• Integrating data from different sources to identify error-prone procedures.
  • Initiating a Department of Veterans Affairs non-punitive medical error reporting system.
  • Working with several hospitals on a voluntary basis to implement a CMS quality improvement organizations pilot project for confidential, penalty-free learning.
  • Incorporating patient safety information into the National Healthcare Quality Report.
  • Participating in an Institute for Healthcare Improvement collaborative focused on patient safety on behalf of QuIC members.
  • Developing and piloting a VA patient safety education program for medical residents and students.

A majority of activities recommended in the QuIC's report have been initiated, are underway, or are completed. The QuIC continues to provide both guidance as well as a forum in which various Federal agencies can work together to address issues of patient safety. AHRQ works closely with its QuIC partners in designing, developing, and carrying out various patient safety and quality improvement activities.

In addition, AHRQ and its QuIC partners provide several public forums during which interested parties provide feedback on patient safety research and on setting a research agenda to reduce medical errors and improve patient safety. One such forum early in the initiative was the National Summit on Medical Errors and Patient Safety, which was attended by public and private-sector users and funders of health care research. Held in September 2000 in Washington, DC, the National Summit was a 1-day meeting designed to solicit responses from the users of patient safety research about their pressing needs, and to highlight specific research questions related to those needs. The following research areas were outlined:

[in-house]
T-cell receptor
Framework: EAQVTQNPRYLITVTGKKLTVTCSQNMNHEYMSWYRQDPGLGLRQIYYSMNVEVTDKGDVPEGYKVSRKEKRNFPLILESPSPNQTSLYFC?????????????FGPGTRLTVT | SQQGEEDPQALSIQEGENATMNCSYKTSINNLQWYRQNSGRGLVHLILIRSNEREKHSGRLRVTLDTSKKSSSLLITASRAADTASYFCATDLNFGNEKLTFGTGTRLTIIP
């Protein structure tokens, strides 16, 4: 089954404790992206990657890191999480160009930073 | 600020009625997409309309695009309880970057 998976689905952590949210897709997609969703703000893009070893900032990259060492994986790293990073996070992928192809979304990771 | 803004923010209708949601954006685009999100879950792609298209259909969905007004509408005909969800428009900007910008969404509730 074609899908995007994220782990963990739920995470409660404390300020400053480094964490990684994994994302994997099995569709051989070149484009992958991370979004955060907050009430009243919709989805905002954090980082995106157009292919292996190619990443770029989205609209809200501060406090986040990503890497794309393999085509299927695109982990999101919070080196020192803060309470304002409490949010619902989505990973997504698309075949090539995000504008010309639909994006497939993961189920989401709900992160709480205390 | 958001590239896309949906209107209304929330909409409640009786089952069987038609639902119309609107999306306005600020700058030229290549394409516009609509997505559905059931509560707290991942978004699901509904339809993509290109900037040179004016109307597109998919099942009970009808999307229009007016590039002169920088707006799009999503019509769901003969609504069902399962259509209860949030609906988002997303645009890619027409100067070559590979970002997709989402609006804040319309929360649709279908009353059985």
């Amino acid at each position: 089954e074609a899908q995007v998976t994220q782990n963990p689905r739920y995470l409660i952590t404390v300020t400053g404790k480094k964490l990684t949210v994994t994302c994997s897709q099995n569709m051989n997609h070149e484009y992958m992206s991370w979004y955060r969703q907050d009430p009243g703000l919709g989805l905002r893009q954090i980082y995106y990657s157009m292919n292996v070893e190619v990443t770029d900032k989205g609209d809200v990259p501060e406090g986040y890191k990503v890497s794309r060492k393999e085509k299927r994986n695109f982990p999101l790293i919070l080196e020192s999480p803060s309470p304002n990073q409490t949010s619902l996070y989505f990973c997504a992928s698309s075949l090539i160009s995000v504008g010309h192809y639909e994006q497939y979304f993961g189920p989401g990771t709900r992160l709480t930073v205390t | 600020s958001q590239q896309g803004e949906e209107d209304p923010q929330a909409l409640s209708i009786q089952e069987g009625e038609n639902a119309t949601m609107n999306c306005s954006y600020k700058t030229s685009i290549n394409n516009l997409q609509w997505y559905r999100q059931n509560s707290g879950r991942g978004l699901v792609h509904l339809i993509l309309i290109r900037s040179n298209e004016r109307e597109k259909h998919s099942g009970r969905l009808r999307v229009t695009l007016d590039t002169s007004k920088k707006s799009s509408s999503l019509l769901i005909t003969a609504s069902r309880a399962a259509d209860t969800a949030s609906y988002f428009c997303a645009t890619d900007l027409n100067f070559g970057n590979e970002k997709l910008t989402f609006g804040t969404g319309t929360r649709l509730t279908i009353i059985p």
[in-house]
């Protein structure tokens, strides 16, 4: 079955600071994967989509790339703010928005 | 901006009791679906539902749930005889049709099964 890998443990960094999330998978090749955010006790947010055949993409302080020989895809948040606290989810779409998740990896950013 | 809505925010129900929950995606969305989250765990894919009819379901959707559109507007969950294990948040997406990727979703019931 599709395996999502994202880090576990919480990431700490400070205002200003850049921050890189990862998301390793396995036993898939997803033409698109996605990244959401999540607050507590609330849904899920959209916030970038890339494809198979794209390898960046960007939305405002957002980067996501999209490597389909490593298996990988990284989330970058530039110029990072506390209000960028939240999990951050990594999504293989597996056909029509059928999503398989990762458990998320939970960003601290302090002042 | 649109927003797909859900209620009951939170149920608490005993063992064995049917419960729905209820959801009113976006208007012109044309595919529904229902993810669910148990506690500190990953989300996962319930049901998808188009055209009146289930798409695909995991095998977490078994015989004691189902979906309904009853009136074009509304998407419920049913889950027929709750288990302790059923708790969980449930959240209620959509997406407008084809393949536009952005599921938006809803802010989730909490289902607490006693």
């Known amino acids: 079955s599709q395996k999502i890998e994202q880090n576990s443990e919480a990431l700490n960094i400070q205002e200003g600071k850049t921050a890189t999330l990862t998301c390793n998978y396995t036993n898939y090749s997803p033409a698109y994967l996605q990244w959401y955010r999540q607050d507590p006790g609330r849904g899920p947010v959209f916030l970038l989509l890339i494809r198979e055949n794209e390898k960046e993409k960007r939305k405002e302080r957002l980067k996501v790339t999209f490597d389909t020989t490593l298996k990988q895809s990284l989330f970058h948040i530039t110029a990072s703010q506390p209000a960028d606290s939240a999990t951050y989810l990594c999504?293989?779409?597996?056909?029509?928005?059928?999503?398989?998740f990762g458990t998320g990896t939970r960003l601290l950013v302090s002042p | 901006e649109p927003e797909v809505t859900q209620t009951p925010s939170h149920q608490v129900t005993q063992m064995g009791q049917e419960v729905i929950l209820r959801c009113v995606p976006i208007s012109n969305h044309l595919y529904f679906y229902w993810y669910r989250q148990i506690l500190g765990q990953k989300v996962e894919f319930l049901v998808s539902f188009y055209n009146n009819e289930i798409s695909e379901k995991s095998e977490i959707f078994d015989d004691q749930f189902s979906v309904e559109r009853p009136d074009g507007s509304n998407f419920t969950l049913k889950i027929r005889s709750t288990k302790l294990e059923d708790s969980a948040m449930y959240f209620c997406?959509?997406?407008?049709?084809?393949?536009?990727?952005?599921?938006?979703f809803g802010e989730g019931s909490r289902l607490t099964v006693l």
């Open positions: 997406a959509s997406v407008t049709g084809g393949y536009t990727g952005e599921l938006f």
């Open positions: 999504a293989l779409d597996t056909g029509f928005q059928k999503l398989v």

• Epidemiology of errors.
  • Infrastructure to improve patient safety.
  • Information systems for improving patient safety.
  • Knowing which interventions should be adopted to improve patient safety.
  • Adoption of patient safety practices.
  • Using patient safety information.
  • Transition of care issues and patient safety.
  • Maintaining vigilance for patient safety.

Another forum specifically designed to solicit clinician feedback on the proposed patient safety research agenda program plan was held in Chicago in November 2000. Information from this meeting was also used to craft AHRQ's research agenda on patient safety.

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Background: Four Elements Supporting AHRQ's Patient Safety Initiative

Input from external sources and focused internal planning activities resulted in a broad, user-driven, action-oriented research agenda that was shaped into a national strategy for improving patient safety. AHRQ's intention is to go beyond simply describing and defining the problem of medical errors and threats to patient safety. The intent is to have a positive impact on patient safety by providing knowledge and tools to understand medical errors and to create solutions that mitigate or eliminate harm to patients suffered as a result of health care.